Monday, 31 October 2011

The Ghosts of Costumes Past and Present

Happy Hallowe'en everybody!

Hi to my new followers, Jen, and Katie Lake, the Costume Designer who worked alongside my Production Design for Stop/Eject. She's a very talented new colleague and, even better, a new friend. Hop on over to her website for more information:

The news down my end is that the Jar of Angels edit is looking fabulous, plus I have started the pre-production for my next directorial project, Ashes - plus there have been some interesting developments in the world of my last directorial short, The Opening Night - so more on those to follow soon!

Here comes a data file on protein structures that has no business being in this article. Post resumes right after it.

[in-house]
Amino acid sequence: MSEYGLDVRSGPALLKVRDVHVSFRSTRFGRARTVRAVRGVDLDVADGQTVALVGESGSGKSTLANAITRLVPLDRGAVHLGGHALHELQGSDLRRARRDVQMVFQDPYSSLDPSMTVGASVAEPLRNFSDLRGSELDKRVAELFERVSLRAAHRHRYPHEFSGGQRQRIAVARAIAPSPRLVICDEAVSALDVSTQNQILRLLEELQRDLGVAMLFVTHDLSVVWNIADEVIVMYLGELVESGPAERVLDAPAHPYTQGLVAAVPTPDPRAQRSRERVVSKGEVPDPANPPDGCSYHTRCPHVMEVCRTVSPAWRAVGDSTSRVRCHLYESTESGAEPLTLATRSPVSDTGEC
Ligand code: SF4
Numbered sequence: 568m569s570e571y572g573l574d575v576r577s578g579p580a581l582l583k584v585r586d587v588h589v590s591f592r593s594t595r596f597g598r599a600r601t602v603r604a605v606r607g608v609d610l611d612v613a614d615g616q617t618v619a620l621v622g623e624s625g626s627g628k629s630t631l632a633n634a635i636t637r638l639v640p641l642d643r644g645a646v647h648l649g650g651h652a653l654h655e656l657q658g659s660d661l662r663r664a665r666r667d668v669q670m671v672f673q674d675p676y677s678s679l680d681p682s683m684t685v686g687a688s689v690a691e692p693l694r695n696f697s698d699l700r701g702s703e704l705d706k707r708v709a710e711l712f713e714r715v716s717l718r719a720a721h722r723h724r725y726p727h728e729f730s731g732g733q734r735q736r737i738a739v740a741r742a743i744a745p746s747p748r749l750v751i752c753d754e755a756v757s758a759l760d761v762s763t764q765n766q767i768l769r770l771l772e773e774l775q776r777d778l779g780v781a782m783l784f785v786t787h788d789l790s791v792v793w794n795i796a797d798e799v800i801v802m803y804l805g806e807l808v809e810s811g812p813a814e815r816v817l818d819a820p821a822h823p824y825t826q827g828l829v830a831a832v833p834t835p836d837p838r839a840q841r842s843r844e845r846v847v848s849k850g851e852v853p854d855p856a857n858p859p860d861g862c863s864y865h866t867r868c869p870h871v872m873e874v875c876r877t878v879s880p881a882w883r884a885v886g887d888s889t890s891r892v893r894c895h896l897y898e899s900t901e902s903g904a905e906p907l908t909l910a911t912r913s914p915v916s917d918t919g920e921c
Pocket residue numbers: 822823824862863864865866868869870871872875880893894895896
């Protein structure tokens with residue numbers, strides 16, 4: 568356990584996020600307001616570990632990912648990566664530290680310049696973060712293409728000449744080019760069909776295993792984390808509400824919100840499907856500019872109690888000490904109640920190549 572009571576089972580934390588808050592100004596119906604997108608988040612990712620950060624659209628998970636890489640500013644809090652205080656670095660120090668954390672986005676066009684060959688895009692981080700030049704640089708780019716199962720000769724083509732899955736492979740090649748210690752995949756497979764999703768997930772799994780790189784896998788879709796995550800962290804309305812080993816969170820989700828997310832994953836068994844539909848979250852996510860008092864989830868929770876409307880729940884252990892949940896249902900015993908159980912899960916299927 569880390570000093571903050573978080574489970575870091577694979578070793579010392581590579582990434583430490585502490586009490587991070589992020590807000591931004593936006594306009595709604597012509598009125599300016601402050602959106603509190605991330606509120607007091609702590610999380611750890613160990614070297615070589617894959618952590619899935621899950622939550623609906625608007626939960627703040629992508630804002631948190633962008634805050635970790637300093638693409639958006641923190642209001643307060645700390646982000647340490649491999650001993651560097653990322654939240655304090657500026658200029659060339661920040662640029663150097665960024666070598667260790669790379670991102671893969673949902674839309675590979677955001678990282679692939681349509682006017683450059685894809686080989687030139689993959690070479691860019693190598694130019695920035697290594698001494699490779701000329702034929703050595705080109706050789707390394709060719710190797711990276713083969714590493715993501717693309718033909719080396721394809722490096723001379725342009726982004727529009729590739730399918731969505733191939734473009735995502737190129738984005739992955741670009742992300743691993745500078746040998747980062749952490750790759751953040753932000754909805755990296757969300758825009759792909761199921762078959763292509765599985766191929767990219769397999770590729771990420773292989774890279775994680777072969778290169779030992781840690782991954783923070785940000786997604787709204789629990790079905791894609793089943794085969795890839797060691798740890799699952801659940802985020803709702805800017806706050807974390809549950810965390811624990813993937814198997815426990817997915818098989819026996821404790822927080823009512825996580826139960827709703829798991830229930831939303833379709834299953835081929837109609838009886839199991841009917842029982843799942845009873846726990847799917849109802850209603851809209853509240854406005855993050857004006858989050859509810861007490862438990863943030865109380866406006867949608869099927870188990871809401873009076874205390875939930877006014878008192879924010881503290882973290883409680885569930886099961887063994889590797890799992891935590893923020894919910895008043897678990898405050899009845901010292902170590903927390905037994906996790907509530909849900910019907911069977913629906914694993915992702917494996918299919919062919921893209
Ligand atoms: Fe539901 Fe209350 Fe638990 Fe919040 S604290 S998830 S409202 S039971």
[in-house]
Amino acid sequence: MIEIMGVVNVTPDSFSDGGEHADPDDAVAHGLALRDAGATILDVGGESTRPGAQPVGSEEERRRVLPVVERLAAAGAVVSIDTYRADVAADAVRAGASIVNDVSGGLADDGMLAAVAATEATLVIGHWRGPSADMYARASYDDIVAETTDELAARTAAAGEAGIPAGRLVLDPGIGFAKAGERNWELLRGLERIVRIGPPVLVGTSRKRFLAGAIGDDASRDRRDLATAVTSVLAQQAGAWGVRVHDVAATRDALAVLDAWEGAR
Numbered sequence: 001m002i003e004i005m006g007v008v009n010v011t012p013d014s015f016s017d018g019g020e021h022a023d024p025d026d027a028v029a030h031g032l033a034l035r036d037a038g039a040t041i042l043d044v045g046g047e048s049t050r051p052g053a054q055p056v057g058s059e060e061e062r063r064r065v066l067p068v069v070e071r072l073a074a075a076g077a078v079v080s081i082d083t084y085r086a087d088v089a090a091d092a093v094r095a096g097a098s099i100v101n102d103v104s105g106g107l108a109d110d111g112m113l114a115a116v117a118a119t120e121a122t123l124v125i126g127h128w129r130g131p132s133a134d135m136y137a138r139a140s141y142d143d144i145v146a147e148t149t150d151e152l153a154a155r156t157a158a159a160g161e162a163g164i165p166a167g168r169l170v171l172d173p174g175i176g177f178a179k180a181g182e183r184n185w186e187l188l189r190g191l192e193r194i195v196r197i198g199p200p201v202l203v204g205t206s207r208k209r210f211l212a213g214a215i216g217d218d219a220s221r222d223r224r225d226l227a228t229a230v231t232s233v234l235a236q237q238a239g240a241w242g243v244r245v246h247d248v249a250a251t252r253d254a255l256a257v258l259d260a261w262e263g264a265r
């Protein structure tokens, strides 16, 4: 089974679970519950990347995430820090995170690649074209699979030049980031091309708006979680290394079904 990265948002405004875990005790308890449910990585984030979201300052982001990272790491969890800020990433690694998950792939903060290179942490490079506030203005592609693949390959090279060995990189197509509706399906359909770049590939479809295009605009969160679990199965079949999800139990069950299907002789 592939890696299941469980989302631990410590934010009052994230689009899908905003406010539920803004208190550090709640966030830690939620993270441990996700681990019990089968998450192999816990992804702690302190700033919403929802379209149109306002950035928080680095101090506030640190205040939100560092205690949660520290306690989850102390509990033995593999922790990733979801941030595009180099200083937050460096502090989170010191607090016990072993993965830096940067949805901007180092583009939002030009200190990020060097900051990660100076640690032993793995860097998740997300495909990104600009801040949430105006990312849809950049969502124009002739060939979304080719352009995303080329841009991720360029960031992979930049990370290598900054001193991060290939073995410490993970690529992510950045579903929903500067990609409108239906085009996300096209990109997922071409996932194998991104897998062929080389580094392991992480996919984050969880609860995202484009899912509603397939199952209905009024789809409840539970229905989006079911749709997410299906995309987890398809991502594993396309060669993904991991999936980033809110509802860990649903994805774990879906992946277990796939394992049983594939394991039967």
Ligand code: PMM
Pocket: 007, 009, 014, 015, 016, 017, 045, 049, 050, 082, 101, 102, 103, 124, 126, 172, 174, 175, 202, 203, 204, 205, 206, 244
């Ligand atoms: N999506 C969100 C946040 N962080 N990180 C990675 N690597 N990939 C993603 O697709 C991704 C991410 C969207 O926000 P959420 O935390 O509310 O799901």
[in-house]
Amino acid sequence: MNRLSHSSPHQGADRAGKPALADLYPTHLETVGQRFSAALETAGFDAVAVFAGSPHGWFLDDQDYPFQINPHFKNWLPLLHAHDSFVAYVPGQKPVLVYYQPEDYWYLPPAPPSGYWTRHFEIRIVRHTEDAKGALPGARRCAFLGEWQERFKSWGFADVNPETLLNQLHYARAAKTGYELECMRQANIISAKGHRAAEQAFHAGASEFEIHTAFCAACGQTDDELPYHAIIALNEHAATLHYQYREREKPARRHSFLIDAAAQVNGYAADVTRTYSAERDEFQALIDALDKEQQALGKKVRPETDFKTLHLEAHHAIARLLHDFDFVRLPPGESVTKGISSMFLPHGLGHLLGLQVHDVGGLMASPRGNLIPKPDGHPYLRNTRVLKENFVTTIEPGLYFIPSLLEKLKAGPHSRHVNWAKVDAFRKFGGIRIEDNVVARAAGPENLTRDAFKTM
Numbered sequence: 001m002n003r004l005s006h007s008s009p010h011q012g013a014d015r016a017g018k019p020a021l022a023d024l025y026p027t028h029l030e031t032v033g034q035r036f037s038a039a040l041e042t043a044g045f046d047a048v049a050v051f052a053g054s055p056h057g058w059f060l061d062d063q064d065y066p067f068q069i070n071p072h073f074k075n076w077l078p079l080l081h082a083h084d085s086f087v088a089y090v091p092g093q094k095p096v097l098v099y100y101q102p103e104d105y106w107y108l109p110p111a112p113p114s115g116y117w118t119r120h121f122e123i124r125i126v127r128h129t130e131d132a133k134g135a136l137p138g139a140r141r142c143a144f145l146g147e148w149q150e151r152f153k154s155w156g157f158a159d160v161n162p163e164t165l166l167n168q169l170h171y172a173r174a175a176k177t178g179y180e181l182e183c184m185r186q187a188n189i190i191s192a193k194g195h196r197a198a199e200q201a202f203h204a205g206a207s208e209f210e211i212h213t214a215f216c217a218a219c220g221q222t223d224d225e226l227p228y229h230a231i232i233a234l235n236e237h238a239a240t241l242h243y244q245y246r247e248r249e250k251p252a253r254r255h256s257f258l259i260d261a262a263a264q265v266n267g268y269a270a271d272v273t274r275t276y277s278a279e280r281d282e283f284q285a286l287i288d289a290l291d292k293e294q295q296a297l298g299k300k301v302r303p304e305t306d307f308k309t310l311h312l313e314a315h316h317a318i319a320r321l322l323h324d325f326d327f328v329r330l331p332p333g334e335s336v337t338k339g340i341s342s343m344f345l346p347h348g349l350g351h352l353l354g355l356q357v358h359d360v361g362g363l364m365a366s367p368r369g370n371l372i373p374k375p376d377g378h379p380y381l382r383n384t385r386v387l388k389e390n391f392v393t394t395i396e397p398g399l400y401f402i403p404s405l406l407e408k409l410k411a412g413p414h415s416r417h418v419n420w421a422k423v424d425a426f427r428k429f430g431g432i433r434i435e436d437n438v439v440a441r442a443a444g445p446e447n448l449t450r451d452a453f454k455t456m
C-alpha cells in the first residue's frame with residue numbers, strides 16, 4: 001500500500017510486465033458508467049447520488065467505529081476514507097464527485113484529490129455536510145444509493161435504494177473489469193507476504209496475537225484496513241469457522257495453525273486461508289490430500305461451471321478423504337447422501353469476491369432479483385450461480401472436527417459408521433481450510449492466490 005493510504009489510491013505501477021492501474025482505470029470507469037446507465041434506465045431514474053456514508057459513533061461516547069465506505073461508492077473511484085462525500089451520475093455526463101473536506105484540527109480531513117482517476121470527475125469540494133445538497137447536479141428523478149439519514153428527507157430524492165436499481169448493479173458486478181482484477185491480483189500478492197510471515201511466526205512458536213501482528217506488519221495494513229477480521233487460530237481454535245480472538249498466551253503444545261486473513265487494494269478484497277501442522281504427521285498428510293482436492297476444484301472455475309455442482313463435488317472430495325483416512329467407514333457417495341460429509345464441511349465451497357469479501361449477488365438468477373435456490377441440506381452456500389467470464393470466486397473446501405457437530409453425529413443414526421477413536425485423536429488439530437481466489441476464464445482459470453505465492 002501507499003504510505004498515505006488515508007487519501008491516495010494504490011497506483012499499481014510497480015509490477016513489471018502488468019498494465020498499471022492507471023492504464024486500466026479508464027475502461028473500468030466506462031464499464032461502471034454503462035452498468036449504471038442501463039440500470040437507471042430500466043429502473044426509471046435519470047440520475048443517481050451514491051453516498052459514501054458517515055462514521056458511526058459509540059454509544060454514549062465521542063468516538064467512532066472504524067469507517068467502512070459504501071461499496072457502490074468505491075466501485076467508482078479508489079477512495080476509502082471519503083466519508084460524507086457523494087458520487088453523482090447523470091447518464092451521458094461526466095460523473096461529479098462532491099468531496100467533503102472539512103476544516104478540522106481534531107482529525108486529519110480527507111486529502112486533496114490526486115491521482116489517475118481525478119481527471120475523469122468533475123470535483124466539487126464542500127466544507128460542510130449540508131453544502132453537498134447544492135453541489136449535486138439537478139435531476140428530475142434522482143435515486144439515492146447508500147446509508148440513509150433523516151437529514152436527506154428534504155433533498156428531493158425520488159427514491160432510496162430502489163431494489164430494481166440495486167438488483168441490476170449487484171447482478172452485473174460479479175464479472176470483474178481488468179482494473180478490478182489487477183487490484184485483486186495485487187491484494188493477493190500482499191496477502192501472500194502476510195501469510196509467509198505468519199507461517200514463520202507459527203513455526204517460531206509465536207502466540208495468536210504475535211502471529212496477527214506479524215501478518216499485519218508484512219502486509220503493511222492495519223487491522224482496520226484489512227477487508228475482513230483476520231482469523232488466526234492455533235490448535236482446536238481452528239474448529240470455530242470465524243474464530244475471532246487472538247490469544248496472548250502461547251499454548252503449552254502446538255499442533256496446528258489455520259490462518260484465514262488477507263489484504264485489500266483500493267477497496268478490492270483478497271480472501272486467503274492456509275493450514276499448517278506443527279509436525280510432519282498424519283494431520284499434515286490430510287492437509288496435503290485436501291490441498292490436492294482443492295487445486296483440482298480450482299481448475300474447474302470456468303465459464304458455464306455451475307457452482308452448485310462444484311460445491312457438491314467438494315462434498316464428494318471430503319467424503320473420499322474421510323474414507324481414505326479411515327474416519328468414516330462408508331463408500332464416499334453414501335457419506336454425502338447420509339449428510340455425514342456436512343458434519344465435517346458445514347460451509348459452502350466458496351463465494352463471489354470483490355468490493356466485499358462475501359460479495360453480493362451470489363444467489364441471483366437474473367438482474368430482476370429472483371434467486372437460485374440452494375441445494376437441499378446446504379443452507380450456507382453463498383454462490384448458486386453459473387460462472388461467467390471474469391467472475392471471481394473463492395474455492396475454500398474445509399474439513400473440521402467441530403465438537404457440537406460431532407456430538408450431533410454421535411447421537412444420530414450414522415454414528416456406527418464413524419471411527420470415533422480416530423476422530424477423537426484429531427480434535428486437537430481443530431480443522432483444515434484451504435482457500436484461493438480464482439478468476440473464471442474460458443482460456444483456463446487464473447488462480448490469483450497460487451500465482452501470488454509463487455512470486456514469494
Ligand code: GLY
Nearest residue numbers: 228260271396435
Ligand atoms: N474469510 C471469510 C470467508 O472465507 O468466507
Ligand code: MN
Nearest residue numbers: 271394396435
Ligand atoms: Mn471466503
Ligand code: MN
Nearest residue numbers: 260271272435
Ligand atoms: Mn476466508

However, for today's blog, I wanted to give you all a little treat. (Let's hope it doesn't turn into a trick!). In honour of Hallowe'en - one of the favourite holidays down my way - I have decided to delve into my costume vote and show you some of the costumes I have personally worn over the last decade - good or bad is up to your judgement! As a costume designer, this time of year is always huge for me because it's a chance to be a walking advert (I certainly hand out business cards at Hallowe'en outings) and the competition between me and my friends is always interesting! Remember that I'm often available to make costumes on request for clients so feel free to contact me if you ever want something lovely created!